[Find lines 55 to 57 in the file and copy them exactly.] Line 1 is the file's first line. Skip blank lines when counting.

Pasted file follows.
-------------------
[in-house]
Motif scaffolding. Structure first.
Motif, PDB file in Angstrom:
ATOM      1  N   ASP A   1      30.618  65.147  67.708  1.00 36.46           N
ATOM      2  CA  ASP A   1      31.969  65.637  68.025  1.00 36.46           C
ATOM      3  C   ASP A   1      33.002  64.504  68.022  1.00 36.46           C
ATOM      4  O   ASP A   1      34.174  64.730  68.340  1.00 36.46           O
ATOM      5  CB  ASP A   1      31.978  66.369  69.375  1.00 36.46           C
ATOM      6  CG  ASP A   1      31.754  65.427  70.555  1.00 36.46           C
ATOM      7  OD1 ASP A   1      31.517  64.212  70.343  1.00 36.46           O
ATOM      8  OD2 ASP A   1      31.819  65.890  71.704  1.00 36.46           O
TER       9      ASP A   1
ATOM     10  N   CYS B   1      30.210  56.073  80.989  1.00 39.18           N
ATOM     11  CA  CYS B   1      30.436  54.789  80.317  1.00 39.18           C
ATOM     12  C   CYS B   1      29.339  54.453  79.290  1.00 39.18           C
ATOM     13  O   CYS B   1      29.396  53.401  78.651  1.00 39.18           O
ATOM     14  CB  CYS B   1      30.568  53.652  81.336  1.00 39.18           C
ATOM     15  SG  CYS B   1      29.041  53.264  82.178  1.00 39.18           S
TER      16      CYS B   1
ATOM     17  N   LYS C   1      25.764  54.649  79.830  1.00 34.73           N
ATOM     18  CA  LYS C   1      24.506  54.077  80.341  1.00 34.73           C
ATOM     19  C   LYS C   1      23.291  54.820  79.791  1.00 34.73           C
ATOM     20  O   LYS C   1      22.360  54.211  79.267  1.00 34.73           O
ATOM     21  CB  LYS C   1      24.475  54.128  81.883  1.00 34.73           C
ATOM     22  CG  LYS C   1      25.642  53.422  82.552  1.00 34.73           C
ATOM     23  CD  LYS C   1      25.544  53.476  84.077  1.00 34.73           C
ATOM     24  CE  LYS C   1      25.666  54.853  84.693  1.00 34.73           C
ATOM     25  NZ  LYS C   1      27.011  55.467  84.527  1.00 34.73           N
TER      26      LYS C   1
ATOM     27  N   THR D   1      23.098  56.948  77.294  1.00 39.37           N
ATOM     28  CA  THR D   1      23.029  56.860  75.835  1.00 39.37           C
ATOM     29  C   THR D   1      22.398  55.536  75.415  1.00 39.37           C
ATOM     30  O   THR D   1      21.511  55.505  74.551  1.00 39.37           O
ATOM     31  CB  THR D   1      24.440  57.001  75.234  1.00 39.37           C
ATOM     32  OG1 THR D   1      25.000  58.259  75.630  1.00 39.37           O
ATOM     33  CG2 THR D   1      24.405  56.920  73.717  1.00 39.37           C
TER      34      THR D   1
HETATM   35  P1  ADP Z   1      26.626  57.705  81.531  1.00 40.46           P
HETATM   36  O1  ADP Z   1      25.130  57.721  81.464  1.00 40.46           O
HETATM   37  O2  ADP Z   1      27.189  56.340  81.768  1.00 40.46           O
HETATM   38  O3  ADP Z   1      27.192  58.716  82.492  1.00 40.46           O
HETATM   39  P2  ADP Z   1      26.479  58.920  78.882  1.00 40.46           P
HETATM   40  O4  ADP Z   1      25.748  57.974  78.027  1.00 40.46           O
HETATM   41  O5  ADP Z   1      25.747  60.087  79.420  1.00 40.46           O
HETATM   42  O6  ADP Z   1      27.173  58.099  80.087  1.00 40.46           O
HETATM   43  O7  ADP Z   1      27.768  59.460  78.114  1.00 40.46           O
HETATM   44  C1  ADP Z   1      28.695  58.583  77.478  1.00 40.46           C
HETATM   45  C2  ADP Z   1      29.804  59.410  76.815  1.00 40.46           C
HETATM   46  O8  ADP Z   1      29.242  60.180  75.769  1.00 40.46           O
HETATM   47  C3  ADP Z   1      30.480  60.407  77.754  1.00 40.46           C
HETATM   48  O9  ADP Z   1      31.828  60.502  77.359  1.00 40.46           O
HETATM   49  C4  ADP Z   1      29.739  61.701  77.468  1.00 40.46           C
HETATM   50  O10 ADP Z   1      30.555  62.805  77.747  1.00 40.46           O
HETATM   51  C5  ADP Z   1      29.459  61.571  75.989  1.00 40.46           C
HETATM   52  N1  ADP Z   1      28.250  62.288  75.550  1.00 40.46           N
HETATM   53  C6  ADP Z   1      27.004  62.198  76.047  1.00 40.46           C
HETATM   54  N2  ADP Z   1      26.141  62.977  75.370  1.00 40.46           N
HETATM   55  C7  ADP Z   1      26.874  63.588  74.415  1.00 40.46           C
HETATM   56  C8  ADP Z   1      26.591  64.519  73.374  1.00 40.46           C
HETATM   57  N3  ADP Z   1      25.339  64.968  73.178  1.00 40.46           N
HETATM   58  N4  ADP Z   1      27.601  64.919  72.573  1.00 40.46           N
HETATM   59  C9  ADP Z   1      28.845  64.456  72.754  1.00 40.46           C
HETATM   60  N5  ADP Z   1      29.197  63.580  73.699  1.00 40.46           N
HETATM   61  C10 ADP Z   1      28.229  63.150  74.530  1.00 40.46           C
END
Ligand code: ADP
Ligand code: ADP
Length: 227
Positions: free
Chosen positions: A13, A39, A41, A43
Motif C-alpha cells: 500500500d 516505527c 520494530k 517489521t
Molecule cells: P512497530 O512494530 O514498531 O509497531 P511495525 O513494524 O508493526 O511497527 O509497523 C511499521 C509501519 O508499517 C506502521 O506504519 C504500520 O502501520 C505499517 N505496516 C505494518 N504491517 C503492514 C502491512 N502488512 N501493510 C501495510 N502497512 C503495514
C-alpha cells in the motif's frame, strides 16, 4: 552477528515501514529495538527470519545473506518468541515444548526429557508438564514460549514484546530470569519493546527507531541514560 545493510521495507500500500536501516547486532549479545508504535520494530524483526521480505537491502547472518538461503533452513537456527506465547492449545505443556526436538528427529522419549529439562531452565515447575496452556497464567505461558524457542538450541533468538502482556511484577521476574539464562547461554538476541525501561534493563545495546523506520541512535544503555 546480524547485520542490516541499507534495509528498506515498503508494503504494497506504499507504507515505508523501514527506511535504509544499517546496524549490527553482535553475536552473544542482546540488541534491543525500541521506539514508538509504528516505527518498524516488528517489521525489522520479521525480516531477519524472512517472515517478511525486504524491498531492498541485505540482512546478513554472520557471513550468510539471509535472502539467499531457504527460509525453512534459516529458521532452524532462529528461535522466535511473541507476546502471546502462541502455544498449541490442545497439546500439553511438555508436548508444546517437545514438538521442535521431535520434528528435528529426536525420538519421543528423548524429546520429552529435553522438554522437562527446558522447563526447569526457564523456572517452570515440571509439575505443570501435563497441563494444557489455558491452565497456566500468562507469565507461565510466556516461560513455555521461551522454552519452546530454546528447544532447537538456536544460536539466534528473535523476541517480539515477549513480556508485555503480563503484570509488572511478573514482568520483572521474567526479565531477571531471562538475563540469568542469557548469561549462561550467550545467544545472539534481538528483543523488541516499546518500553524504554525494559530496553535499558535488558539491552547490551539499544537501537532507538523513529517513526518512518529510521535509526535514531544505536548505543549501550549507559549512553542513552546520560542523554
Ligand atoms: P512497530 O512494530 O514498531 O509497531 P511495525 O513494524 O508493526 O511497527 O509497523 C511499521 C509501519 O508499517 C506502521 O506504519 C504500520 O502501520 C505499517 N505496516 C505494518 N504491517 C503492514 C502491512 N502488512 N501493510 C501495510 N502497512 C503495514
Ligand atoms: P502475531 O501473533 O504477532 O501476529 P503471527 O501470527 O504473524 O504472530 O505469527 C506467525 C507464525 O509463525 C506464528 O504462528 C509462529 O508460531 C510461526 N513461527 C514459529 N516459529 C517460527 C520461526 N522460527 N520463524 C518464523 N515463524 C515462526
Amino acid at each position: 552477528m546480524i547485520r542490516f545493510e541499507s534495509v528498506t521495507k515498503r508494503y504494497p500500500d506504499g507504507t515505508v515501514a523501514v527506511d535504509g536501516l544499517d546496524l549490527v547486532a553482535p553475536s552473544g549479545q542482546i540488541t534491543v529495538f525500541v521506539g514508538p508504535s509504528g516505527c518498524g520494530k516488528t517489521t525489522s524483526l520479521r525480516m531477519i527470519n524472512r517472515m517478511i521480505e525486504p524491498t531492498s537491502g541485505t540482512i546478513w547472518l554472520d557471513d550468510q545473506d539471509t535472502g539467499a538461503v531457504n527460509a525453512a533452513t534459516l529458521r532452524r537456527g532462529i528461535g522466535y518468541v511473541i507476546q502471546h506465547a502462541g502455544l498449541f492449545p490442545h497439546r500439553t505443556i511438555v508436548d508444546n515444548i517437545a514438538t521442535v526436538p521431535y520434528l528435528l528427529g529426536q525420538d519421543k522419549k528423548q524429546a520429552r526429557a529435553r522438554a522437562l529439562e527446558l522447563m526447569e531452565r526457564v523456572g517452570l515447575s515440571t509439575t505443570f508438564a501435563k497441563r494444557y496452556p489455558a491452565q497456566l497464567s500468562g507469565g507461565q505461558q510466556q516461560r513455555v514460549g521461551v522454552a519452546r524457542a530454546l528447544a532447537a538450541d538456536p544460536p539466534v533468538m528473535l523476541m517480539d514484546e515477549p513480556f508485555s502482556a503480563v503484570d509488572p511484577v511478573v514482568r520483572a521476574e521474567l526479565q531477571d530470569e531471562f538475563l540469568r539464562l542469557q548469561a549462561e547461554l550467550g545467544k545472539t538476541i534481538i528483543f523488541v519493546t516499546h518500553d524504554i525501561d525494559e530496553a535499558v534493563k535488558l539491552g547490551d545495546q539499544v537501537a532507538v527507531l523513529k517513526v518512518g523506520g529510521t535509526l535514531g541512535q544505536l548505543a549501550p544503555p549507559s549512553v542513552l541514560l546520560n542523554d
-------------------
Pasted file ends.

HETATM   52  N1  ADP Z   1      28.250  62.288  75.550  1.00 40.46           N
HETATM   53  C6  ADP Z   1      27.004  62.198  76.047  1.00 40.46           C
HETATM   54  N2  ADP Z   1      26.141  62.977  75.370  1.00 40.46           N